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We welcome Dr. Diane Ravitch to our blog. Dr. Ravitch is a Research Professor of Education at New York University and a historian of education. She was Assistant Secretary of Education and Counselor under Education Secretary Lamar Alexander’s leadership in the early 1990s. Her latest book, Reign of Error, is a New York Times bestseller.
1. Tennessee leaders have proposed linking teacher pay to value-added scores. Does this practice hold promise or peril for students and teachers?
Doing this has no basis in research or experience. It has failed wherever it was tried. It causes teaching to the test, which is unprofessional. 70% of teachers do not teach tested subjects, so either the state will spend millions to create new tests for every subject or teachers will be evaluated by the scores of students they never taught. Teachers in affluent districts will get high ratings. Teachers of English learners, of students with disabilities, of the gifted will get low ratings. This methodology doesn’t work. It appeals because it is simplistic. But it is ineffective at identifying the best and worst teachers. It shows who you taught.
2. Some legislators are proposing a voucher system for Tennessee students. What has been learned about the effectiveness and impact of voucher systems in other areas?
Vouchers have failed wherever they were tried. Milwaukee has had vouchers since 1990. Voucher students get the same scores as students in public schools. Meanwhile, on federal tests, Milwaukee is one of the lowest performing cities in the nation. Why should taxpayers pay for children to attend religious schools? Voters have never approved vouchers, not in any state. They were decisively rejected last fall by the voters of Florida.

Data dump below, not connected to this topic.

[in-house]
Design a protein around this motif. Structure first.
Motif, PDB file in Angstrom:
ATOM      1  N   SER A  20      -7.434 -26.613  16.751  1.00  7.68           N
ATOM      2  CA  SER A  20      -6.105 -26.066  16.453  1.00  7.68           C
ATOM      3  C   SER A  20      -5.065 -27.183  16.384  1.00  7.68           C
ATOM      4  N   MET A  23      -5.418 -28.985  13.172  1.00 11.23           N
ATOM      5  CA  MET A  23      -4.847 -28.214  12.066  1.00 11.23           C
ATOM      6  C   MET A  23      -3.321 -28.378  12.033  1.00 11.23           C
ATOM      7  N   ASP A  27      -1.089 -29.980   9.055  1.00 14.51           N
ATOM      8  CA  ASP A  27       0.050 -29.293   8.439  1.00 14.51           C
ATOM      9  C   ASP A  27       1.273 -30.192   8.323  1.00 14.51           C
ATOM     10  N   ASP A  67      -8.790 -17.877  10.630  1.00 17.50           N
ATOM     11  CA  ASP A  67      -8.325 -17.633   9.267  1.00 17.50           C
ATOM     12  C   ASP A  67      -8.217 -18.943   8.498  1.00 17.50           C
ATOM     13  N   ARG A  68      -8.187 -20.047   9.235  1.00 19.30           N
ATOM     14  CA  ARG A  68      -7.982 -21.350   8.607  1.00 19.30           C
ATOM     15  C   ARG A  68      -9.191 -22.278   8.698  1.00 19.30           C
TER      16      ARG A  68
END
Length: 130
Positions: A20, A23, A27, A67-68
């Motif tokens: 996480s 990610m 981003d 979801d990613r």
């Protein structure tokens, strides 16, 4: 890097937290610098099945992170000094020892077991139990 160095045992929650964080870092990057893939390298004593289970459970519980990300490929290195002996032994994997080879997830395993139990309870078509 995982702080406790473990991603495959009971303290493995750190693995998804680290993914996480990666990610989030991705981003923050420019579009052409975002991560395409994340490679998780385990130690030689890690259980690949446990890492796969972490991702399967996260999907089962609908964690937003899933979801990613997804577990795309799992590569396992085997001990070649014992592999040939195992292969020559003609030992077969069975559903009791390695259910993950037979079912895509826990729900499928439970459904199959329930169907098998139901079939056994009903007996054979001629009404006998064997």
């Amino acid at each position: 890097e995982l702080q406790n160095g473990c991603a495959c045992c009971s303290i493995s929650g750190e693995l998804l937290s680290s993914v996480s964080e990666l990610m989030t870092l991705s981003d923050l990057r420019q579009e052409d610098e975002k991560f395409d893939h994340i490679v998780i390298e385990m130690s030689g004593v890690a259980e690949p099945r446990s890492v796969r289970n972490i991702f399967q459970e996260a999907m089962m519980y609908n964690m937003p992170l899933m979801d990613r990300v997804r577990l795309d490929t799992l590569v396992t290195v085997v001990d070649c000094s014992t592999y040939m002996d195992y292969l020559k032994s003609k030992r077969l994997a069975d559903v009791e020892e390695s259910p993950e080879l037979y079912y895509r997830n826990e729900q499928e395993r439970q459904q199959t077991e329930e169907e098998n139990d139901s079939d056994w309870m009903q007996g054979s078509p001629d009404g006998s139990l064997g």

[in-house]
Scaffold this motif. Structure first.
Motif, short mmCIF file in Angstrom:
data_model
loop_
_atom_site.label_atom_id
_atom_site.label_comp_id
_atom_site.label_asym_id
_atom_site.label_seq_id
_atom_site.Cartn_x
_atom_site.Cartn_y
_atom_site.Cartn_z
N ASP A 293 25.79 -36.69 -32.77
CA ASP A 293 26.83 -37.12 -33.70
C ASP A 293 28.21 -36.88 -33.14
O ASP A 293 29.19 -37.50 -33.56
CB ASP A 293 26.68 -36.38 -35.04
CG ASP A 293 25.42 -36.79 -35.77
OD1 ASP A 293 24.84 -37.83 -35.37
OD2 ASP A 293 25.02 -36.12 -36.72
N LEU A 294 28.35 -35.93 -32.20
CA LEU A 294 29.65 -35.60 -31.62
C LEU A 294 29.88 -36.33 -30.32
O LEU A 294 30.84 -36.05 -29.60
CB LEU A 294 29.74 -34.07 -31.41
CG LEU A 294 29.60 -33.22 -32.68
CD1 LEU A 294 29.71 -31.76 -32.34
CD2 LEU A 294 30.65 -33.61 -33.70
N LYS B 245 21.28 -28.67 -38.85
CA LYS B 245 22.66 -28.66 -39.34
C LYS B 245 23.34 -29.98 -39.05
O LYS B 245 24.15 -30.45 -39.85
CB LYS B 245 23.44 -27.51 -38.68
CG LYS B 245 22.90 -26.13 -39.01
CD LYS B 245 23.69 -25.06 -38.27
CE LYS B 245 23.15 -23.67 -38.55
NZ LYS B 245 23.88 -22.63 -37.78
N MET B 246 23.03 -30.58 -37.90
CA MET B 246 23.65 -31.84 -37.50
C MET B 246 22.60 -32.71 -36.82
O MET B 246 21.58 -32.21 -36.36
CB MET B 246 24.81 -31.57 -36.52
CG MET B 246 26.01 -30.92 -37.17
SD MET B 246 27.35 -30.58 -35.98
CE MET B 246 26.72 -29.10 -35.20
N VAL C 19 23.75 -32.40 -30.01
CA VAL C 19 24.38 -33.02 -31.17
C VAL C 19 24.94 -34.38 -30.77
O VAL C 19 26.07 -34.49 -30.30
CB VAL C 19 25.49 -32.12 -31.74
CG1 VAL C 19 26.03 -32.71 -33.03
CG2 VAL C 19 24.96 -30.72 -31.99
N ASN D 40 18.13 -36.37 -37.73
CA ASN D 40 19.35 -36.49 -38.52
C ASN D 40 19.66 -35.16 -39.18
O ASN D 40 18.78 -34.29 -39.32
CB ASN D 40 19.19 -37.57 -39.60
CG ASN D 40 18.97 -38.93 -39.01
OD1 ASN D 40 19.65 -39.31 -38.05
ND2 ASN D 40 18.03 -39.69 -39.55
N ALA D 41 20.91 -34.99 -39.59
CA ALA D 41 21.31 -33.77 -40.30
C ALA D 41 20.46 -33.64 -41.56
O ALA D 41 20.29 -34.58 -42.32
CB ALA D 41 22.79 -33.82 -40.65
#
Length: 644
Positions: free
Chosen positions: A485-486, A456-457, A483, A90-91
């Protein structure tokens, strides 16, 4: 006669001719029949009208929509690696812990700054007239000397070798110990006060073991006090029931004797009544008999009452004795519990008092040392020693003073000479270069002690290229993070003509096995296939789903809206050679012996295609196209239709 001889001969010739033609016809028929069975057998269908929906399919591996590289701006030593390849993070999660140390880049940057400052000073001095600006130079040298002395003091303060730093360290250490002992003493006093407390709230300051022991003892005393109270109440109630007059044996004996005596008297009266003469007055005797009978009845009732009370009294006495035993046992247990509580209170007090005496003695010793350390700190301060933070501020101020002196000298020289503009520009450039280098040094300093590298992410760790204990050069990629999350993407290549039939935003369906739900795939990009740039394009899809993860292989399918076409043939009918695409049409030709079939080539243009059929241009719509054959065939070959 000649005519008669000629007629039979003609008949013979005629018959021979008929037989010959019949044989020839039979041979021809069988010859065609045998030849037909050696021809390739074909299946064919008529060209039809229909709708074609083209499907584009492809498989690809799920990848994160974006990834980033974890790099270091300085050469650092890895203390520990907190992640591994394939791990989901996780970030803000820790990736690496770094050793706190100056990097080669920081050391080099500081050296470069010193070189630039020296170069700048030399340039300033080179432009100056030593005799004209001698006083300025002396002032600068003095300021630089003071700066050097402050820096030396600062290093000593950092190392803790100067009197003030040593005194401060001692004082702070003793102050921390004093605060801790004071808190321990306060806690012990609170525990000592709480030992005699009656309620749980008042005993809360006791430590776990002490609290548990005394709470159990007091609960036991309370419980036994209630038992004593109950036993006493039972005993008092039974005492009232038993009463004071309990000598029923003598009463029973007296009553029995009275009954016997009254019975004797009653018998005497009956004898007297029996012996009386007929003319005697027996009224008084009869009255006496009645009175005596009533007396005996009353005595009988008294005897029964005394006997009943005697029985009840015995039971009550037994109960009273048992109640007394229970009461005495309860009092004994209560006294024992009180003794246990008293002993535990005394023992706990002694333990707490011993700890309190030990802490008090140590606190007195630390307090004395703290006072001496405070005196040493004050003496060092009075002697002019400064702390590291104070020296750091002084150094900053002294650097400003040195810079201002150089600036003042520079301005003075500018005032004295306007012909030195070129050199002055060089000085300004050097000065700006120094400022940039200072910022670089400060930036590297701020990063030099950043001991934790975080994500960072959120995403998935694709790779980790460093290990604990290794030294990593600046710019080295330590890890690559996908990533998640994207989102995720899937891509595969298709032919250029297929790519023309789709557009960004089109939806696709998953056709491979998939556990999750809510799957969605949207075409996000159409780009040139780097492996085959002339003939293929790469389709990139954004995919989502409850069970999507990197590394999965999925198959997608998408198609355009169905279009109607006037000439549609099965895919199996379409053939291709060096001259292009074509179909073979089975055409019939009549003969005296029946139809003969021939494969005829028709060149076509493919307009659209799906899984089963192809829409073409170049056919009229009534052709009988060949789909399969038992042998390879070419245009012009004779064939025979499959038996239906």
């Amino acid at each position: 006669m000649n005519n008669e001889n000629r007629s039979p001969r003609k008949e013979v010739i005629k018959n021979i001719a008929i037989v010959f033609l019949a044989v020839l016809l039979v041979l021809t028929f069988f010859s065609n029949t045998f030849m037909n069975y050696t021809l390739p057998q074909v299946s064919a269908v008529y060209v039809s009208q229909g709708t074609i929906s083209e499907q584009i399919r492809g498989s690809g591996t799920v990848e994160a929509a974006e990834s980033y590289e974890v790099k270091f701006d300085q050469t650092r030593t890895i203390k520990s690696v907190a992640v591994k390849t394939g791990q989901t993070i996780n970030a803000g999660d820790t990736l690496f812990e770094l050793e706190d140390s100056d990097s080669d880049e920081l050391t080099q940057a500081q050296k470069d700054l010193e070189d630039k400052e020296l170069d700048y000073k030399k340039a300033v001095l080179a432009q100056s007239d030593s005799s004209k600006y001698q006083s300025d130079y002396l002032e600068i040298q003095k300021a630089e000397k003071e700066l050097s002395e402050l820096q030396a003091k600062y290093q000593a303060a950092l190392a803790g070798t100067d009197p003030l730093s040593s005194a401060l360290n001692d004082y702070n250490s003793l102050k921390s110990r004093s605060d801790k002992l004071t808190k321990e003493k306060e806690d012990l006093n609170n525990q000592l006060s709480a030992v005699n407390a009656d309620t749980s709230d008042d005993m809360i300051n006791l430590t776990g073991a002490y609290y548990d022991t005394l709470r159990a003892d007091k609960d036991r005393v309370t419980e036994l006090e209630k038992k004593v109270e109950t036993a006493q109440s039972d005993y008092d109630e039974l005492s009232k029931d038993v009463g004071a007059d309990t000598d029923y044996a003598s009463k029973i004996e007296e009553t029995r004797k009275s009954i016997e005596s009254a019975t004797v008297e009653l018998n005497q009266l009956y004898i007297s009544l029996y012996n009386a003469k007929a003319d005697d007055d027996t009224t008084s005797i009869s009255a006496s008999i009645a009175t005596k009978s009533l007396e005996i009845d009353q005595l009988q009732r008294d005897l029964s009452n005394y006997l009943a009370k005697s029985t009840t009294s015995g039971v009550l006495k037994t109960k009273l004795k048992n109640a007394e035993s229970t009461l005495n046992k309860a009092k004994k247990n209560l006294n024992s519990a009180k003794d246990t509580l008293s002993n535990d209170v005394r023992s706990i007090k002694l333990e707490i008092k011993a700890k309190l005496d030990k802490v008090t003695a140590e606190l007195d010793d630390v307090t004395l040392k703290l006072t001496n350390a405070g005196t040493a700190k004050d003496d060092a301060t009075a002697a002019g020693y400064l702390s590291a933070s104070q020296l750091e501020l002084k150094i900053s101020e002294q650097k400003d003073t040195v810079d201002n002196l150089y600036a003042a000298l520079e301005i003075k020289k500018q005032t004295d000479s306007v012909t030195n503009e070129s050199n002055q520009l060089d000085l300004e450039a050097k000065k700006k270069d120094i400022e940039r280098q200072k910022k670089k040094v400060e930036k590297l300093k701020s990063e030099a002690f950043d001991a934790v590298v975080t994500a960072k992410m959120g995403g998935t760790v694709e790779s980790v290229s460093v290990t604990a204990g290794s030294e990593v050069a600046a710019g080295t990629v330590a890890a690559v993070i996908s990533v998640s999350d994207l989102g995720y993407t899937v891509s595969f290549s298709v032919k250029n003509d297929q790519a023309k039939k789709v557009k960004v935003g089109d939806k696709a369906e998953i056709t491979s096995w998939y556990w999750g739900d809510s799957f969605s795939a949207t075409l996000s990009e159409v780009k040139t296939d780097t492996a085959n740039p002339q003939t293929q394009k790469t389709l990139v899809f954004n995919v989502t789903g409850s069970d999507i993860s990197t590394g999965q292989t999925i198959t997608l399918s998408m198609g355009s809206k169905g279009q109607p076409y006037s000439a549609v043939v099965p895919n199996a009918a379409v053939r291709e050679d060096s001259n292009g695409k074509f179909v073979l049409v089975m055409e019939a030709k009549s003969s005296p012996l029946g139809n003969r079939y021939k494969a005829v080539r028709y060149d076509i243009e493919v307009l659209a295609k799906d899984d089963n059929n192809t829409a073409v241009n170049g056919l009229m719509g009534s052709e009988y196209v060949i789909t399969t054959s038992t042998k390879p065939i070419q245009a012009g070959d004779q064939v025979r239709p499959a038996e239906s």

3. Tennessee consistently ranks near the bottom of all states on tests like NAEP and ACT. What’s the best way for policy makers to change this?
Read my latest book. Early childhood education works. Health clinics for every school work. The arts raises student motivation to attend school. After school programs and summer programs work. Raising standards for entering teachers works. Set high standards for all educators, including the state commissioner, who has never been a principal or a superintendent and lacks the qualifications to be state commissioner.